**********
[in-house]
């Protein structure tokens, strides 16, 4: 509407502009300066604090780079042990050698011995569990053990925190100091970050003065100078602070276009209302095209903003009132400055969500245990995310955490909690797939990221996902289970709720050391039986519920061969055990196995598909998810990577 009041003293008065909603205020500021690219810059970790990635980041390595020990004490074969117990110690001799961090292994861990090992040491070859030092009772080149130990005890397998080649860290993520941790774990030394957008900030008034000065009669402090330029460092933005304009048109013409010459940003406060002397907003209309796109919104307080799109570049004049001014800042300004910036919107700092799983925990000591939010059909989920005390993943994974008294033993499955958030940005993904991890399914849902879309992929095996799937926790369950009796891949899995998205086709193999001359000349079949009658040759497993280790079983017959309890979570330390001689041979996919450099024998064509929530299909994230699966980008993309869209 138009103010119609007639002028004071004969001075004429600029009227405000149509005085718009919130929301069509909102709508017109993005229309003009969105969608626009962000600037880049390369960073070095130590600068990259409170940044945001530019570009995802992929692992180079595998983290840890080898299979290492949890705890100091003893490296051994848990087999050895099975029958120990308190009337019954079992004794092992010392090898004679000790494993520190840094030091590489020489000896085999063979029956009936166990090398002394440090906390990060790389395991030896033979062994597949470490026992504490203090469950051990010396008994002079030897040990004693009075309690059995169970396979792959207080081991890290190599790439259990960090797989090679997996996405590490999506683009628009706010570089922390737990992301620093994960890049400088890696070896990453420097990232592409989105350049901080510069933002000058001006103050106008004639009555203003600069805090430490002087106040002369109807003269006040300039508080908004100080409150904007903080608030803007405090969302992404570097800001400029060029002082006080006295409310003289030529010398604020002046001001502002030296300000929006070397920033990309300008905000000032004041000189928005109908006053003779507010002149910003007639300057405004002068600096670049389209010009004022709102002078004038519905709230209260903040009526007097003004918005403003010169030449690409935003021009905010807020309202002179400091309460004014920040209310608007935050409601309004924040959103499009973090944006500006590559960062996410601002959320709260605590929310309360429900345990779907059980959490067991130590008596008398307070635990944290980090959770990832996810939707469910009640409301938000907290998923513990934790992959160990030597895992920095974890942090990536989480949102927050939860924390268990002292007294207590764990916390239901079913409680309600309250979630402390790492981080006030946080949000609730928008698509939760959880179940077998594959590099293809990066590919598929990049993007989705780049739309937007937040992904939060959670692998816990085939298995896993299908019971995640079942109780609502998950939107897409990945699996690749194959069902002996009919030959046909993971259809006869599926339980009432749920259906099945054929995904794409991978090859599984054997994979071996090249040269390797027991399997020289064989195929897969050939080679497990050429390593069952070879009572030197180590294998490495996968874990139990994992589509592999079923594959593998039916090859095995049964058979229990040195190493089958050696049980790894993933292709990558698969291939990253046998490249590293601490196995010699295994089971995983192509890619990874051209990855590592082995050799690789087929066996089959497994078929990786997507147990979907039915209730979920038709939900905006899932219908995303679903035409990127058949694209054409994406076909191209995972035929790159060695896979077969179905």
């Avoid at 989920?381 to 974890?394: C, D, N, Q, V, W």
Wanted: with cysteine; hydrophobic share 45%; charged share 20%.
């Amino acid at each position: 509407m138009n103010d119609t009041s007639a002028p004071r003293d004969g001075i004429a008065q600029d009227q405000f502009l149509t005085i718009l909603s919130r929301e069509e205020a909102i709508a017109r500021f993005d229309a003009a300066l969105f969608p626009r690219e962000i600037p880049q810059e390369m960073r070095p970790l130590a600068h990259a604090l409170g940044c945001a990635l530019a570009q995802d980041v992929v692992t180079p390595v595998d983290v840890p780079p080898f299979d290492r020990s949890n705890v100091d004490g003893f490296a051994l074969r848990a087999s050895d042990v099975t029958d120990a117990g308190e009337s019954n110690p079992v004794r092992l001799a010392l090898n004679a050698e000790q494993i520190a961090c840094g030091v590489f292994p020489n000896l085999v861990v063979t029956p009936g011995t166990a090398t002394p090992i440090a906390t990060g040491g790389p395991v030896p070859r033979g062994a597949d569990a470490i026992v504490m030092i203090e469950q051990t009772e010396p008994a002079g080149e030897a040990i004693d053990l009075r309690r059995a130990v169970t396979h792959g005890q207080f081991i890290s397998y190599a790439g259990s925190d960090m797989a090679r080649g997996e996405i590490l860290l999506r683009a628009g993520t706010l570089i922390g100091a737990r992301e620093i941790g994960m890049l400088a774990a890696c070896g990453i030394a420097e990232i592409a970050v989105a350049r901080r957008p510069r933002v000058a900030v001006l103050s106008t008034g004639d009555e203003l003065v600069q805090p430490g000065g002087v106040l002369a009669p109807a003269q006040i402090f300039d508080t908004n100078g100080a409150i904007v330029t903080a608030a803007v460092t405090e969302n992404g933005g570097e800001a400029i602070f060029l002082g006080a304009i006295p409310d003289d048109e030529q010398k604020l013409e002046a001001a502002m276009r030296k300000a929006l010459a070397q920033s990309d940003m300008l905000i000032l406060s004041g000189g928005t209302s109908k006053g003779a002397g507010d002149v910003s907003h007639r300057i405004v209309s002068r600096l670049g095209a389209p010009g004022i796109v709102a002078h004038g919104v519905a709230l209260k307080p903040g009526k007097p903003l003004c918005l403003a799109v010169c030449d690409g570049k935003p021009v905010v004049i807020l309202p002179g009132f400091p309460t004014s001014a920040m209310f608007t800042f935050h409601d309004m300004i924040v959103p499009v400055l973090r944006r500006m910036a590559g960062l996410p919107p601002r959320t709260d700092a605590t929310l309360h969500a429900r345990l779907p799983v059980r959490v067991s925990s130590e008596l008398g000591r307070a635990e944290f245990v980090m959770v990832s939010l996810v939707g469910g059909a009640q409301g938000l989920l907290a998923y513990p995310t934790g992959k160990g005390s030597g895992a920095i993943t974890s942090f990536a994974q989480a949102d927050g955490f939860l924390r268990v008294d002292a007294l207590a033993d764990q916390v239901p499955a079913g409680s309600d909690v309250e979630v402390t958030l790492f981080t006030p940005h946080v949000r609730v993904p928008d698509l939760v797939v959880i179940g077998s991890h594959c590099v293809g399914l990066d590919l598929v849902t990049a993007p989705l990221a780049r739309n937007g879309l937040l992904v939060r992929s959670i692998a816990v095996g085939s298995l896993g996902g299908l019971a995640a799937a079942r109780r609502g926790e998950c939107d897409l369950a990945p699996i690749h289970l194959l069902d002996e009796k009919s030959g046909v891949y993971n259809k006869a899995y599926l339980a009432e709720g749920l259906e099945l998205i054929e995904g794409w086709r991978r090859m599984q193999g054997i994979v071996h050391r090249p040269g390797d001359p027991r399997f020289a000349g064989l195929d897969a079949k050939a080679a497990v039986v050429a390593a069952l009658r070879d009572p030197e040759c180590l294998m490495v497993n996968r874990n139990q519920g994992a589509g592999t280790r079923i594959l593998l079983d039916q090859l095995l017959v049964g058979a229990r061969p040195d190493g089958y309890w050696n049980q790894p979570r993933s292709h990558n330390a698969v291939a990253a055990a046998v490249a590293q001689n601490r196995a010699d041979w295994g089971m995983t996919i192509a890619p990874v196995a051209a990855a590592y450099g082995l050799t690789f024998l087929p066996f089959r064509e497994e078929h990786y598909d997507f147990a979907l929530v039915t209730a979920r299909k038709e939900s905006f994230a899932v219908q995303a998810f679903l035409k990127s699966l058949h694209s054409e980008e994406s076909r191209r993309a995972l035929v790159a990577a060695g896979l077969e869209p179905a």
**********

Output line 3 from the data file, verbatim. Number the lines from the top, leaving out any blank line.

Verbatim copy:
């Avoid at 989920?381 to 974890?394: C, D, N, Q, V, W």